This wasn't a problem five or six years ago. Everybody knew the Internet was a communications network that could carry any sort of traffic you liked, as long as it was in Internet protocol (IP) format.
Traffic included electronic mail, computer files and the messages in Usenet newsgroups.
Everybody also knew that you didn't need the Internet to handle them. You could send e-mail via BT's Telecom Gold or CompuServe. You could get Usenet via UUCP (Unix-to-Unix Copy Program). The Internet just provided a vastly bigger and cheaper way of carrying the same stuff.
Today, barely one person in 1,000 understands that the Internet is not just another name for the World-Wide Web. It's like having a population that can't tell the difference between a car and a road.
It is, of course, extremely useful to have the Web browser providing a universal interface to lots of different types of Internet traffic. But it is not always the simplest, quickest, or most cost-effective solution. Browsers are mediocre, for example, for e-mail, conferencing, file transfer and chat, which is why so many of us use different applications for these tasks.
In the future, as broadband becomes more widely available, we can expect a lot more data to be delivered over the Internet. A lot of radio stations are already "broadcasting" over the Net, and TV stations will follow. A growing number of phone calls are being made over the Net, and videoconferencing could also become popular. Network gaming is another application with huge potential.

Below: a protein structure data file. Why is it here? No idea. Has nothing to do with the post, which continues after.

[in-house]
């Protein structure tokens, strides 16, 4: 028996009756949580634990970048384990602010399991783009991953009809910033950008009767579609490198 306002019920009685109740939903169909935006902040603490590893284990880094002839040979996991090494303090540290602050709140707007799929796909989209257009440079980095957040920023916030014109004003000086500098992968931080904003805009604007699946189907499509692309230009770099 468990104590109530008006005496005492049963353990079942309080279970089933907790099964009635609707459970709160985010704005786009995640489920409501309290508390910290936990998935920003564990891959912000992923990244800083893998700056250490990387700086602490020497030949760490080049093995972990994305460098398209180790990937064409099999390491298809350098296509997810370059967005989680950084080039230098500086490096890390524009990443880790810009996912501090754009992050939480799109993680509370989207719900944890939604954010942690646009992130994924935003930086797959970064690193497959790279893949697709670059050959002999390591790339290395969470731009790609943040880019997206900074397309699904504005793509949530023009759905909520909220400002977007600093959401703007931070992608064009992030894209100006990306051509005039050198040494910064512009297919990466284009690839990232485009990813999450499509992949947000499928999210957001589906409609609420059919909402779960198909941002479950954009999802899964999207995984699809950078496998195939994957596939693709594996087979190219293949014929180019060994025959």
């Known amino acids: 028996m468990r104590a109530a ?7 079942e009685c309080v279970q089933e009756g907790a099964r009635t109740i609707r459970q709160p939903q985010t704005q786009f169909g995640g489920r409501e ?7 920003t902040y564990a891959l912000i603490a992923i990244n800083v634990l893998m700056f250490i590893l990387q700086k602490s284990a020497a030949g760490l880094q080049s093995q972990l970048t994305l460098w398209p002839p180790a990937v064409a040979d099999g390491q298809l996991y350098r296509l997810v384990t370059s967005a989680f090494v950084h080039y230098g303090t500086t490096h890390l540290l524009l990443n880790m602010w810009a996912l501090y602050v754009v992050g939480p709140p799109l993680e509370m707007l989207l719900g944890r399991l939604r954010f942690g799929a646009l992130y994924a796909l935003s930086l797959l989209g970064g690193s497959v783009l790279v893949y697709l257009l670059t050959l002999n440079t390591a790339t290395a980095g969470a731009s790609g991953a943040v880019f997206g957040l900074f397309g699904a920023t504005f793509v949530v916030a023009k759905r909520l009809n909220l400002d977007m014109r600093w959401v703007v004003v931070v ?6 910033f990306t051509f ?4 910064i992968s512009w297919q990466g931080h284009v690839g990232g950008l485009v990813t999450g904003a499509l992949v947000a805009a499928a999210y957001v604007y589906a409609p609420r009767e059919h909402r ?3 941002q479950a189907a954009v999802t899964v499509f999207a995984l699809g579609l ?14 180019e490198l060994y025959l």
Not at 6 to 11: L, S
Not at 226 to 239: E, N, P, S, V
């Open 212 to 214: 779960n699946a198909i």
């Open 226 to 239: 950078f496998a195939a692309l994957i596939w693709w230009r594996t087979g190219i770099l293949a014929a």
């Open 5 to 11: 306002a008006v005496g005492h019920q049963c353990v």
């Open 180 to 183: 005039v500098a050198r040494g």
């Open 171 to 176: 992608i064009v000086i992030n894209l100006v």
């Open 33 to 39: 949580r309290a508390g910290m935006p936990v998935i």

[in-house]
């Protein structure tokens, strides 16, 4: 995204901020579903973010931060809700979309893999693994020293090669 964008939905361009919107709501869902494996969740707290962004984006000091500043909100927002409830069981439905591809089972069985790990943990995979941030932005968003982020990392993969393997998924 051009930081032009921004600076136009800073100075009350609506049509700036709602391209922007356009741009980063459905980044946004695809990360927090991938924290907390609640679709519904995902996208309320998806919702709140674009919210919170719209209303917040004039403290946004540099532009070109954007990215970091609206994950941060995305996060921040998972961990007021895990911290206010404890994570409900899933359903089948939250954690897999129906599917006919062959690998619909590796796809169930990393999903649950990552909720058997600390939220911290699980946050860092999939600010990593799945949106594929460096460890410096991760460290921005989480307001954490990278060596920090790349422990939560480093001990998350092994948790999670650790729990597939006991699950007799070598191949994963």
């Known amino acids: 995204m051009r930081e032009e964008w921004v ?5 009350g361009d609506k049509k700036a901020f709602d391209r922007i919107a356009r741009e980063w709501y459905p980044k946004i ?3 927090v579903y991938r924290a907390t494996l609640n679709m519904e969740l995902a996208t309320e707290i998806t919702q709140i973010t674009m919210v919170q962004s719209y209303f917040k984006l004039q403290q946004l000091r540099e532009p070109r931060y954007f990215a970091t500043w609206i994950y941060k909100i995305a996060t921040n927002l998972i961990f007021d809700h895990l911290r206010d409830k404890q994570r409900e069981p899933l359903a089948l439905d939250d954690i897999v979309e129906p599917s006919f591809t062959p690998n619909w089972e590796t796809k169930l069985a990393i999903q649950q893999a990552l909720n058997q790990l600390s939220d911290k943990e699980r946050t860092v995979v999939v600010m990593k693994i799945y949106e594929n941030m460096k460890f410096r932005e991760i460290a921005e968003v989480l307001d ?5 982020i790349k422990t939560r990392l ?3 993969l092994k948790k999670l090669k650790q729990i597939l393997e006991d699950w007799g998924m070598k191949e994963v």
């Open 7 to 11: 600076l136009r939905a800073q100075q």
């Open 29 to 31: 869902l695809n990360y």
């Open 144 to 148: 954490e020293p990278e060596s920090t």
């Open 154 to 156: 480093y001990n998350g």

None of these applications needs a browser interface.
None of these applications should make suppliers feel obliged to try to cram a personal computer-style Web browser into an unsuitable device, such as a TV set, a mobile phone, or a games console. If you do, all you get is something that looks awful and works badly compared with the real thing.
It's time to start developing software that works properly with non-PC devices and non-PC data, and to stop being obsessed with the Web, or the Wap disaster will be repeated another dozen times.
Jack Schofield is computer editor of the Guardian